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Who Owns Lake Michigan?

Who Owns Lake Michigan?

Those in the midwest might be far from the coast, but that doesn’t mean they can’t engage in water fun. Lake Michigan is one of the five great lakes. There is something for everyone to do there, with boating, swimming, fishing, and even dune recreation.

Four states have direct access to the lake, but can they claim it? Today, we are looking at who owns Lake Michigan and where public access areas are. 

What Is Lake Michigan? 

Lake Michigan is one of the five Great Lakes. The lake borders four states; Indiana, Illinois, Michigan, and Wisconsin. The Straits of Mackinac join lake Michigan and Lake Huron. The lake is around 118 miles wide and 307 miles long. Lake Michigan averages 279’ in depth, with 925’ being its deepest point. There are over 1,600 miles of shoreline, and it is the only great lake entirely within The United States boundary. The rest of the great lakes touch Canada in some capacity. 

Lake Michigan is the “third coast” of the United States due to its many sandy beaches. Visitors enjoy white beaches as well as grass-covered dunes. Some dunes reach several hundred feet above the water’s surface. 

Aerial view of Lake Michigan
Lake Michigan is property of the USA.

Who Does Lake Michigan Belong to? 

Because Lake Michigan is within the U.S., it is the property of the United States. According to the Public Trust Doctrine, the general public owns the lake water. While four states touch Lake Michigan, the states do not own the lake water. The states own the land that falls within their territory that surrounds the lake. 

Who Owns the Bottom of Lake Michigan? 

In addition to states owning the land that touches the shoreline, the states also own the lake bed. Therefore, while individual states do not own the lake’s water, they own the land in which the lake sits that falls within its border. 

Pro Tip: We uncovered What Are The Most Dangerous Creatures in Lake Michigan. Will you still dare to dive in?

Is Lake Michigan Public Property?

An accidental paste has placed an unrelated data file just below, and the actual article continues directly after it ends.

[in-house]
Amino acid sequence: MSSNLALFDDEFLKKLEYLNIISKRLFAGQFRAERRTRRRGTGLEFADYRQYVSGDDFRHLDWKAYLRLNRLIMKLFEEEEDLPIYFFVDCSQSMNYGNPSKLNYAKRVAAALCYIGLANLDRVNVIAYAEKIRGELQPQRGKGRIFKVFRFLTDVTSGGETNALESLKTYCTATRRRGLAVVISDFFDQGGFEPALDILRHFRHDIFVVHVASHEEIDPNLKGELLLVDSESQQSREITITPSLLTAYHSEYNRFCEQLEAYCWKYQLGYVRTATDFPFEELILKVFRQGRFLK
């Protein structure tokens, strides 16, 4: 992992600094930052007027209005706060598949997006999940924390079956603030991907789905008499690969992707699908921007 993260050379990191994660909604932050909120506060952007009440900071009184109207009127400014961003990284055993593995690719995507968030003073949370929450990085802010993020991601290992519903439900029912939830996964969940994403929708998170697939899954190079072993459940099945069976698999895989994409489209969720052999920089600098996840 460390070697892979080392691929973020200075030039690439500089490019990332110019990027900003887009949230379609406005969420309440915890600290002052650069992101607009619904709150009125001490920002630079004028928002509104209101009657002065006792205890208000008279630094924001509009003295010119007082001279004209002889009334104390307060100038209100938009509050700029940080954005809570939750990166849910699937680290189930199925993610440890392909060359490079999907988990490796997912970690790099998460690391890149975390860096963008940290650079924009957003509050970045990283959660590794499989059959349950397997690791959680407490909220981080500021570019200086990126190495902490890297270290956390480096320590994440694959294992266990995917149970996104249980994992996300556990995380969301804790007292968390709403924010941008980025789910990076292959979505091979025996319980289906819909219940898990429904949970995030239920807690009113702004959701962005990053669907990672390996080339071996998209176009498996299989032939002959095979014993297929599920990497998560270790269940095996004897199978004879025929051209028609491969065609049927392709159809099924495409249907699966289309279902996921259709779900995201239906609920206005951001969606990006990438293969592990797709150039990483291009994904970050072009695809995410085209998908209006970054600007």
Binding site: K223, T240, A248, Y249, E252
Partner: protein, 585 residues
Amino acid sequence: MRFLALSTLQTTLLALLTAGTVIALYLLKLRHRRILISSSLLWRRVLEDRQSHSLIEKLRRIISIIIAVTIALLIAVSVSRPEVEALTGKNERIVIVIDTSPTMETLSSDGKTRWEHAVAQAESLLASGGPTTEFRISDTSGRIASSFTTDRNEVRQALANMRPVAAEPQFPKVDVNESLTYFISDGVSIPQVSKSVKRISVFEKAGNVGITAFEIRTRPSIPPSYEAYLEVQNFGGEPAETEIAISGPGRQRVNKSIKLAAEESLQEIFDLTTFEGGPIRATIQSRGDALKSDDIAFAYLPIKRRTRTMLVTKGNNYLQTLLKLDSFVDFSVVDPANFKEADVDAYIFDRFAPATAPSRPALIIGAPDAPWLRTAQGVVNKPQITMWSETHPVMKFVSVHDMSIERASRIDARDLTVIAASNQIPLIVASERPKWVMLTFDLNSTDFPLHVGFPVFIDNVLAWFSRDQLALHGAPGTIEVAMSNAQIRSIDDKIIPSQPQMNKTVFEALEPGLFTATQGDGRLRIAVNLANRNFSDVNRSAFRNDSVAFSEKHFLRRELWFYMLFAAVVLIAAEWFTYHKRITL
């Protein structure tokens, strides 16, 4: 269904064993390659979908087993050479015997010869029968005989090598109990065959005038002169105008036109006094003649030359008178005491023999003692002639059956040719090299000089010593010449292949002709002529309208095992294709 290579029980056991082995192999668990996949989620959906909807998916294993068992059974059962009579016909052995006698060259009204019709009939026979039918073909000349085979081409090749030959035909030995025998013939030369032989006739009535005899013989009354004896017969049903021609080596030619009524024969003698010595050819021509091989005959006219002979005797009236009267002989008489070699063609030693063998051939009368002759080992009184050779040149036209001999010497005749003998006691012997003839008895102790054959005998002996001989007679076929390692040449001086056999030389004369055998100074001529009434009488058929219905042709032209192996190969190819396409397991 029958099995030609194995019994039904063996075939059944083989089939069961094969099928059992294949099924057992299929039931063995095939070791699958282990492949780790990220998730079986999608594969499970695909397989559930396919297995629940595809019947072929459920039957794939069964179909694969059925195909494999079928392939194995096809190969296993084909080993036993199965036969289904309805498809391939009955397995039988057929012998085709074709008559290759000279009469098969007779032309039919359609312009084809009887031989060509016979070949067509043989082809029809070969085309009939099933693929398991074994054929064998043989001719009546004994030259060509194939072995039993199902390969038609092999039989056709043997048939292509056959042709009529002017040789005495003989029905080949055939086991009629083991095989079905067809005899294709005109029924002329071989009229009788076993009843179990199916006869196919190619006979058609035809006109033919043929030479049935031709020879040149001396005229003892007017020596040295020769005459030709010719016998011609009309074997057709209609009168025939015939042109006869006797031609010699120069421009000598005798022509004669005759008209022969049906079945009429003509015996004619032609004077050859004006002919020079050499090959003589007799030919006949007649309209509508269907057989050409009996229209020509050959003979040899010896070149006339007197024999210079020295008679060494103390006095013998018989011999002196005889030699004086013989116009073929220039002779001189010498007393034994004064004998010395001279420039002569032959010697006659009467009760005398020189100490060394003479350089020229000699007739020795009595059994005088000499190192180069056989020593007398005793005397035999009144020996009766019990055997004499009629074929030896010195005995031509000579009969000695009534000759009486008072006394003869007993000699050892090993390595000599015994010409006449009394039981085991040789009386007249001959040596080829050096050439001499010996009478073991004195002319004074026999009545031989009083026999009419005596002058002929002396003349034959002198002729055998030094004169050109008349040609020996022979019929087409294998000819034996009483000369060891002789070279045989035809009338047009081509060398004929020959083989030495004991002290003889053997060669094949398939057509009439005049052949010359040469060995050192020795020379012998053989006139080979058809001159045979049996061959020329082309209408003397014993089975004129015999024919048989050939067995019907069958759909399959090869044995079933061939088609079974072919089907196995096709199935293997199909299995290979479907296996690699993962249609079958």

Lake Michigan’s water is public property. The water, as well as submerged land, are held in the public trust. The nearby neighboring property owners do not own the water or the lake bed under the water.

Woman kayaking on Lake Michigan
The waters of Lake Michigan are public property for everyone to enjoy.

Who Controls Great Lakes Water?

The DNR of each state is responsible for patrolling and regulating the portion of the lake that falls within its border. This means you will need to research the state whose waters you will be recreating to get accurate information on fishing and boating laws. 

The control of the water levels and items that affect the lake’s entirety belongs to the International Joint Commission. According to the Indiana DNR, much of the water regulation stems from Lake Superior, “Presently, the International Joint Commission implements plans under which limited regulation of Lake Superior and Lake Ontario occurs.

The regulation of Lake Superior influences the whole Great Lakes System; however, regulation of Lake Ontario has no impact on the upper lakes because of the difference in elevation at Niagara Falls, which acts as a control.”

Sandy shoreline of Lake Michigan
While Lake Michigan’s waters are public, the shoreline can be private.

Can You Have a Private Beach On Lake Michigan?

Whether you can have a private beach on Lake Michigan depends on the state. While the water is always open to public access, the shoreline can be different, with each state varying in its stance. 

Regarding the state of Michigan, all private shoreline properties extend to the water’s edge. However, private beaches allow the public to pass by on foot up to the natural high watermark.

In Wisconsin, private property stops at the high watermark, and the state owns the land from that point toward the water. Those who own beachfront property have exclusive rights to the water’s edge, and the DNR has a “keep your feet wet” policy for those passing through.

In Illinois, private land ends at the water’s edge. The public has access to all water but should not come onto dry private land. Those with private land along Lake Michigan in Indiana tend to have strong opinions on where their property line is. The Indiana Supreme Court has ruled that the Lake Michigan shoreline is public property up to the high water line. This ruling remains despite many landowners holding deeds that state they own to the water’s edge. This is an ongoing issue for residents. 

Because Lake Michigan’s shoreline borders four states, each state will have its regulations regarding rocks taken from the shore. Federal law prohibits anyone from removing any articles, including stones, from National Shorelines.

Those recreating on state-owned land must obey different regulations. For example, those in Michigan can remove up to 25lbs of rocks from state-owned land a year.

Pro Tip: Spend the night at one of these 7 Best Campgrounds on Lake Michigan.

Do Private Property Lines Extend Into Lake Michigan?

The water of Lake Michigan is public property, and private landowners have no ownership once the water meets the land, regardless of the state. Those choosing to remain on the water can do so without worrying that they are crossing private property lines. Avoid leaving the water on public property to ensure you are not trespassing. 

Have you had a chance to spend time on or near Lake Michigan? What was your favorite thing to do while experiencing the lake? Tell us in the comments!

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